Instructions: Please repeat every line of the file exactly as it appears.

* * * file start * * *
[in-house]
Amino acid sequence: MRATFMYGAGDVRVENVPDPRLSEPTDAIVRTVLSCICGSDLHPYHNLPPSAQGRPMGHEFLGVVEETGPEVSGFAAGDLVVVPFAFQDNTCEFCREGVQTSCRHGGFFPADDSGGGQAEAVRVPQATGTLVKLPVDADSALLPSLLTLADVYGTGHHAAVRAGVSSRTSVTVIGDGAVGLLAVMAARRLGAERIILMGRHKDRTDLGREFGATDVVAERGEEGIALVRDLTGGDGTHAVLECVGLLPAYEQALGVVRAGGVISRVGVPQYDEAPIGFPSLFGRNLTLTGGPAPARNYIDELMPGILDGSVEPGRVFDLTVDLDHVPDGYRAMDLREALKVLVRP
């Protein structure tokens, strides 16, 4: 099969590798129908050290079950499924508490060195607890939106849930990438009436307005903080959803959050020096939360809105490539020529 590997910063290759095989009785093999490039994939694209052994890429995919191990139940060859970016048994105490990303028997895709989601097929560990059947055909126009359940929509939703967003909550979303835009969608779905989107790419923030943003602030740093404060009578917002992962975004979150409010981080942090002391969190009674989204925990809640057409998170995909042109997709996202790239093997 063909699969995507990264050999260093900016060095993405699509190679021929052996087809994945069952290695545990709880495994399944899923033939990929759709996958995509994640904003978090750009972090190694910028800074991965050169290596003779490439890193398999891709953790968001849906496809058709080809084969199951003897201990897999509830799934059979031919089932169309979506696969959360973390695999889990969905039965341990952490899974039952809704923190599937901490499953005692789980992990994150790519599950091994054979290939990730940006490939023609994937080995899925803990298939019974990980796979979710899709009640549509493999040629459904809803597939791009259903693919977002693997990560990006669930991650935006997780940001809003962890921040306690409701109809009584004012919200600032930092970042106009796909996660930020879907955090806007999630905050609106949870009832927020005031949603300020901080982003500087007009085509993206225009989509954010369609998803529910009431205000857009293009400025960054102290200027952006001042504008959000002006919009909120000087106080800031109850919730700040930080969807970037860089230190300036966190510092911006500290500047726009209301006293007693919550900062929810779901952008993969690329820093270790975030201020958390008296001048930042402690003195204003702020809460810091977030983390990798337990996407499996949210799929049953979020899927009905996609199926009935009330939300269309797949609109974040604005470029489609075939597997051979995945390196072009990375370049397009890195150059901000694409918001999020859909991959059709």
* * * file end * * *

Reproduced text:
[in-house]
Amino acid sequence: MRATFMYGAGDVRVENVPDPRLSEPTDAIVRTVLSCICGSDLHPYHNLPPSAQGRPMGHEFLGVVEETGPEVSGFAAGDLVVVPFAFQDNTCEFCREGVQTSCRHGGFFPADDSGGGQAEAVRVPQATGTLVKLPVDADSALLPSLLTLADVYGTGHHAAVRAGVSSRTSVTVIGDGAVGLLAVMAARRLGAERIILMGRHKDRTDLGREFGATDVVAERGEEGIALVRDLTGGDGTHAVLECVGLLPAYEQALGVVRAGGVISRVGVPQYDEAPIGFPSLFGRNLTLTGGPAPARNYIDELMPGILDGSVEPGRVFDLTVDLDHVPDGYRAMDLREALKVLVRP
């Protein structure tokens, strides 16, 4: 099969590798129908050290079950499924508490060195607890939106849930990438009436307005903080959803959050020096939360809105490539020529 590997910063290759095989009785093999490039994939694209052994890429995919191990139940060859970016048994105490990303028997895709989601097929560990059947055909126009359940929509939703967003909550979303835009969608779905989107790419923030943003602030740093404060009578917002992962975004979150409010981080942090002391969190009674989204925990809640057409998170995909042109997709996202790239093997 063909699969995507990264050999260093900016060095993405699509190679021929052996087809994945069952290695545990709880495994399944899923033939990929759709996958995509994640904003978090750009972090190694910028800074991965050169290596003779490439890193398999891709953790968001849906496809058709080809084969199951003897201990897999509830799934059979031919089932169309979506696969959360973390695999889990969905039965341990952490899974039952809704923190599937901490499953005692789980992990994150790519599950091994054979290939990730940006490939023609994937080995899925803990298939019974990980796979979710899709009640549509493999040629459904809803597939791009259903693919977002693997990560990006669930991650935006997780940001809003962890921040306690409701109809009584004012919200600032930092970042106009796909996660930020879907955090806007999630905050609106949870009832927020005031949603300020901080982003500087007009085509993206225009989509954010369609998803529910009431205000857009293009400025960054102290200027952006001042504008959000002006919009909120000087106080800031109850919730700040930080969807970037860089230190300036966190510092911006500290500047726009209301006293007693919550900062929810779901952008993969690329820093270790975030201020958390008296001048930042402690003195204003702020809460810091977030983390990798337990996407499996949210799929049953979020899927009905996609199926009935009330939300269309797949609109974040604005470029489609075939597997051979995945390196072009990375370049397009890195150059901000694409918001999020859909991959059709």